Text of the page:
Neuroscience is an interdisciplinary program and major offered by the School of Medical Sciences in the Faculty of Medicine and Health and the School of Psychology in the Faculty of Science. Units of study in this major are available at standard and advanced level.

About the program

Neuroscience is the study of the nervous system. Neuroscientists are interested in the structure and function of the molecules, cells, pathways and systems found in the brain, spinal cord and peripheral nervous system. They study the nervous system at the microscopic and macroscopic levels as well as at the level of the developing and mature individual. Neuroscientists aim to understand how the brain controls and regulates our activities and experiences in both health and disease. Which could include for example, trying to understand the bases of sensation and movement, learning and memory, emotions and personality. It is one of the largest and fastest growing research endeavours in the biological sciences, and the study of neuroscience now embraces the fields of engineering, artificial intelligence, mathematics and computer science, economics. The strong multidisciplinary history of neuroscience is reflected in the many disciplines that contribute to its teaching at the University of Sydney.

The program and major comprise units of study from the School of Psychology and the School of Medical Sciences (Anatomy and Histology; Physiology and Pharmacology). Neuroscience is identified as one of the research strengths of the University. The neurosciences are taught and actively researched at many locations in the University and the program and major offers opportunities for unique learning opportunities and research electives with our active research groups.

Requirements for completion

A program in Neuroscience requires 60 credit points, including:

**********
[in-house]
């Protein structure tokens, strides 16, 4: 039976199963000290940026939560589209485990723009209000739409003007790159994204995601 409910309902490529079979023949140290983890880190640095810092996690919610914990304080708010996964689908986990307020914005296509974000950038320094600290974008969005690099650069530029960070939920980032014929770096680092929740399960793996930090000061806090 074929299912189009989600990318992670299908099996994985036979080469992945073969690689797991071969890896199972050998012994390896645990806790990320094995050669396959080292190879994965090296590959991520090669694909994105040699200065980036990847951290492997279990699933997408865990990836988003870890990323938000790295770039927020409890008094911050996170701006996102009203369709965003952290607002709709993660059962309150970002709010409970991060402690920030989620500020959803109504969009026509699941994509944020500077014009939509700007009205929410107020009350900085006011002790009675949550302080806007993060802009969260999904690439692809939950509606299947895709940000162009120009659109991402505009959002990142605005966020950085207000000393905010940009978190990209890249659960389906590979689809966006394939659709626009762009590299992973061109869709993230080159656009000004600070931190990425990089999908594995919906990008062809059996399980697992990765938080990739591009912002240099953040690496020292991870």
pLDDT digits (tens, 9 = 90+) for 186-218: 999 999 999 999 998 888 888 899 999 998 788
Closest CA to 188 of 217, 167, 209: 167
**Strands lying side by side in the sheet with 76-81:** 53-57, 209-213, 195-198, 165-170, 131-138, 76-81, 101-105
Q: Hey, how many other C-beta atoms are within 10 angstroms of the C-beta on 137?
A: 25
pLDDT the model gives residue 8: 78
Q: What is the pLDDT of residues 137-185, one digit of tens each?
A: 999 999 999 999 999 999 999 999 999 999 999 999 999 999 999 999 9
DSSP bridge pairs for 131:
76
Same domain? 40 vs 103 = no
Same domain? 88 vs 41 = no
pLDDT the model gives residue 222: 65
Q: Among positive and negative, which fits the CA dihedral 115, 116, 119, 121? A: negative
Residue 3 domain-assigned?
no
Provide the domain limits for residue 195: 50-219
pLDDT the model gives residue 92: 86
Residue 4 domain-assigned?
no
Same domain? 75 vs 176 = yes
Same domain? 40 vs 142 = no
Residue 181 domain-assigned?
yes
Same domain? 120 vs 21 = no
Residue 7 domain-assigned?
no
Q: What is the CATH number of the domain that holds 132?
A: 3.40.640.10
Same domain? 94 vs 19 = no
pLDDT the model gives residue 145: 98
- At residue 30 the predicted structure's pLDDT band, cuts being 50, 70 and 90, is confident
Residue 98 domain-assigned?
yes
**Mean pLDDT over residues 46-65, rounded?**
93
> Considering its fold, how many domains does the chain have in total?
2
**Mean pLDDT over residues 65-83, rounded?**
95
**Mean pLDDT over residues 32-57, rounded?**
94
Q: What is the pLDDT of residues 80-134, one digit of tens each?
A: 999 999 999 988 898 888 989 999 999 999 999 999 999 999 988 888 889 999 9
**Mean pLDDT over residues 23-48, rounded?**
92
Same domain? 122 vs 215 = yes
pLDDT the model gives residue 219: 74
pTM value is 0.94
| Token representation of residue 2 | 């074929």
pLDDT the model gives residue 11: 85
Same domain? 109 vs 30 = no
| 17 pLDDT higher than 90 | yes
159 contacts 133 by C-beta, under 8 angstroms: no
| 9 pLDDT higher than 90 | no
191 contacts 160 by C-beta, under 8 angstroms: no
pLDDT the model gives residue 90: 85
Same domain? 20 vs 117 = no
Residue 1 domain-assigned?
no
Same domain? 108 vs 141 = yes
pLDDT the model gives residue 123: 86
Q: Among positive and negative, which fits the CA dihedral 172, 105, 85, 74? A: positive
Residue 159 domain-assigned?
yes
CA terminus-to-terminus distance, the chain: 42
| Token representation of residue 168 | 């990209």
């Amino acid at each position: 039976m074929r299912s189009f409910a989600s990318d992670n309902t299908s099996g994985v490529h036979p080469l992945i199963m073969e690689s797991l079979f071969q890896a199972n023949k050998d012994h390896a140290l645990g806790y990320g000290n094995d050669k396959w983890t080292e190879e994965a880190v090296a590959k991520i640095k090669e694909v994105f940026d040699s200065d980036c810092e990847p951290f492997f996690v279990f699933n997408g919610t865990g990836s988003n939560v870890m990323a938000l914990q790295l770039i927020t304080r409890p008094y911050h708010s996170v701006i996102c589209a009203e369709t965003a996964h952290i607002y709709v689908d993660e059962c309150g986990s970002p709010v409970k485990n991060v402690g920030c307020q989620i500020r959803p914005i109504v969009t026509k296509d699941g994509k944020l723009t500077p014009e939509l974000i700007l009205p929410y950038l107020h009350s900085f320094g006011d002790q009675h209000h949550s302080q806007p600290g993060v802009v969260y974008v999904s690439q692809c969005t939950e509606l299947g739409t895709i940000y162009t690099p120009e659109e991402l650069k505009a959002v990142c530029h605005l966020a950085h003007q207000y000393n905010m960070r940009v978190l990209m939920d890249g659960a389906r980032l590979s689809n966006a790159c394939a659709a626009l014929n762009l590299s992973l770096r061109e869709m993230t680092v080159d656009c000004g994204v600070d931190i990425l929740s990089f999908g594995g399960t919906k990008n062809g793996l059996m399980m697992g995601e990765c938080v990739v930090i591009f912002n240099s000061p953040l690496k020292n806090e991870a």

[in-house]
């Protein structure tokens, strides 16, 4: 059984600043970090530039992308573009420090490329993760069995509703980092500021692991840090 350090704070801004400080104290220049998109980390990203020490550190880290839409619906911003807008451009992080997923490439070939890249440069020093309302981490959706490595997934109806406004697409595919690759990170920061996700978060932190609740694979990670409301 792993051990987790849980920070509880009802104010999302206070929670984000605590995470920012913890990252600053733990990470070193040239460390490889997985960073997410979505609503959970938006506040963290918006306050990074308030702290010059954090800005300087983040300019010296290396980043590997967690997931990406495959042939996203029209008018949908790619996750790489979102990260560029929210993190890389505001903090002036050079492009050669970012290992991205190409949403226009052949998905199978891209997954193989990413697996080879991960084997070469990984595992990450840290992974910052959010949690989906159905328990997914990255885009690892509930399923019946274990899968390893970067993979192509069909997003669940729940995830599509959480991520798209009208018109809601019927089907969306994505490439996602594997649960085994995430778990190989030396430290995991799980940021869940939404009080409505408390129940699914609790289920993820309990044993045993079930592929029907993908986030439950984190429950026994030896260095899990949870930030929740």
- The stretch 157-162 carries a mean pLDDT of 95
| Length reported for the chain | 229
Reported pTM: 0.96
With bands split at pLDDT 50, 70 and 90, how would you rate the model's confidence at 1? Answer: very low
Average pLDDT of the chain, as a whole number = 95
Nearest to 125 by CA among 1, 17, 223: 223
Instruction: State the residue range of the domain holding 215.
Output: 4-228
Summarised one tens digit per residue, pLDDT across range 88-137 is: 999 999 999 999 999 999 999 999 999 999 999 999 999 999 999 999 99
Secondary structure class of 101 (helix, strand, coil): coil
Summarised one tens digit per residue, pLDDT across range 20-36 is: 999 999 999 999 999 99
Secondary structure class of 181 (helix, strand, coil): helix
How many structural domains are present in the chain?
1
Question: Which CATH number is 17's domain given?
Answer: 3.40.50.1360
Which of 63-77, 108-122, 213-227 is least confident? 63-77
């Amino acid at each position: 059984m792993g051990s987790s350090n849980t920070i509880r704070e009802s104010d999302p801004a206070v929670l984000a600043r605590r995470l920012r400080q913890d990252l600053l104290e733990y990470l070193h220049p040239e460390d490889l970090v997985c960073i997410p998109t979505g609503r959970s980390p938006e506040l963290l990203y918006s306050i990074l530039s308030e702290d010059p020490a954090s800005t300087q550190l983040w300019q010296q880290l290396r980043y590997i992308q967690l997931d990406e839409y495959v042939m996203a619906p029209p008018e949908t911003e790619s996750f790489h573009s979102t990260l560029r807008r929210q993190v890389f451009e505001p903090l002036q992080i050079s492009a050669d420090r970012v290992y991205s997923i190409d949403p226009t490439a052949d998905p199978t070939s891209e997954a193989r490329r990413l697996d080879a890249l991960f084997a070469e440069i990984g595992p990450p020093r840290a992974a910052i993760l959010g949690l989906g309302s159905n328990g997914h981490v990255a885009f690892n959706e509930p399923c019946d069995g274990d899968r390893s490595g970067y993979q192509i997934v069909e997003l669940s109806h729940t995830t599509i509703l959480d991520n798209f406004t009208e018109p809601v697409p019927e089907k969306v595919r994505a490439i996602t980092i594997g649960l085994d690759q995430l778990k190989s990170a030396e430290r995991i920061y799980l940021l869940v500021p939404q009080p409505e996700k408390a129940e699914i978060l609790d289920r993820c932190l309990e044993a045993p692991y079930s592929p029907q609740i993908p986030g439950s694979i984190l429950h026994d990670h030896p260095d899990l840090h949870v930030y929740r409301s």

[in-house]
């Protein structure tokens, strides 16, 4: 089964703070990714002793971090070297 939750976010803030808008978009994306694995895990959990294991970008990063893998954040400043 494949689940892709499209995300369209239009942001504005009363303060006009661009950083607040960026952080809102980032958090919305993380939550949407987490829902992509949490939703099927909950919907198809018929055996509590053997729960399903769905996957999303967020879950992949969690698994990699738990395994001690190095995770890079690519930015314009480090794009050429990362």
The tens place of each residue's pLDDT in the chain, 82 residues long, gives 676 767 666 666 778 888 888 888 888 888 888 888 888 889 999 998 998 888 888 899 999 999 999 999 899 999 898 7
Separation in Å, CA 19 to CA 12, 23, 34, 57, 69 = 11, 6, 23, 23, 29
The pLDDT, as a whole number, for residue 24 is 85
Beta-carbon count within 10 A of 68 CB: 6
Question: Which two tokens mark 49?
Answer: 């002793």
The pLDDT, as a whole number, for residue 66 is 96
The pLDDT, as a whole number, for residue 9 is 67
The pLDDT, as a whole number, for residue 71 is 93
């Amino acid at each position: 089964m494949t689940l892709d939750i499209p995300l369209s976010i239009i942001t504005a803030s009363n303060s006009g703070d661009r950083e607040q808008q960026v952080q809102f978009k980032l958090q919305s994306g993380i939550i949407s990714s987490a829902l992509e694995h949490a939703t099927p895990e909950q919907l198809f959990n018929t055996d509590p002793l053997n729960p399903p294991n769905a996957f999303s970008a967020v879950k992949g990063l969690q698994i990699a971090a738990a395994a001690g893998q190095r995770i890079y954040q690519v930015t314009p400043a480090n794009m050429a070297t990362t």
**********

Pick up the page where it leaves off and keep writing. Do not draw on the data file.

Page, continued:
(i) A 48 credit point major in Neuroscience
(ii) 12 credit points of 2000-level program units according to the following rules:
(a) 12 credit points of 2000-level program core units, or
(b) 12 credit points of 2000-level program alternative core units for students in the Medical Science stream

A major in Neuroscience requires 48 credit points, including:

(i) 12 credit points of 1000-level core units
(ii) 12 credit points of 2000-level units according to the following rules:
(a) 12 credit points of 2000-level core units or
(b) 12 credit points of 2000-level alternative core units for students in the Medical Science stream
(iii) 18 credit points of 3000-level major core units
(iv) 6 credit points of 3000-level interdisciplinary project units

A minor in Neuroscience requires 36 credit points, including:

(i) 12 credit points of 1000-level core units
(ii) 12 credit points of 2000-level units according to the following rules:
(a) 12 credit points of 2000-level core units or
(b) 12 credit points 2000-level alternative core units for students in the Medical Science stream
(iii) 12 credit points of 3000-level minor core units

First year

Core to major: CHEM1XX1 Chemistry 1A, PSYC1002 Psychology 1002

The program in Neuroscience begins in first year with an introduction to psychology and an introduction to chemistry, each provides key foundational knowledge in understanding brain structure and function.

Second year

Core to major: PSYC2X15 Brain and Behavioural Psychology, ANAT2X10 Concepts of Neuroanatomy (students enrolled in the Medical Science stream take MEDS2005).
Core to program: PCOL2021 Key Concepts in Pharmacology (students enrolled in the Medical Science stream take MEDS2002), PHSI2X07 Key Concepts in Physiology (students enrolled in the Medical Science stream take MEDS2001).

The program in Neuroscience continues in second year with units that focus on the structure and organisation of the central nervous system, the physiological actions of its component cells, their neurochemistry and functional relations. We consider also the behavioural and cognitive processes that are possible through these different levels of functional organisation.

Third year

The third-year units in the program provide greater breadth and depth in understanding brain structure and function: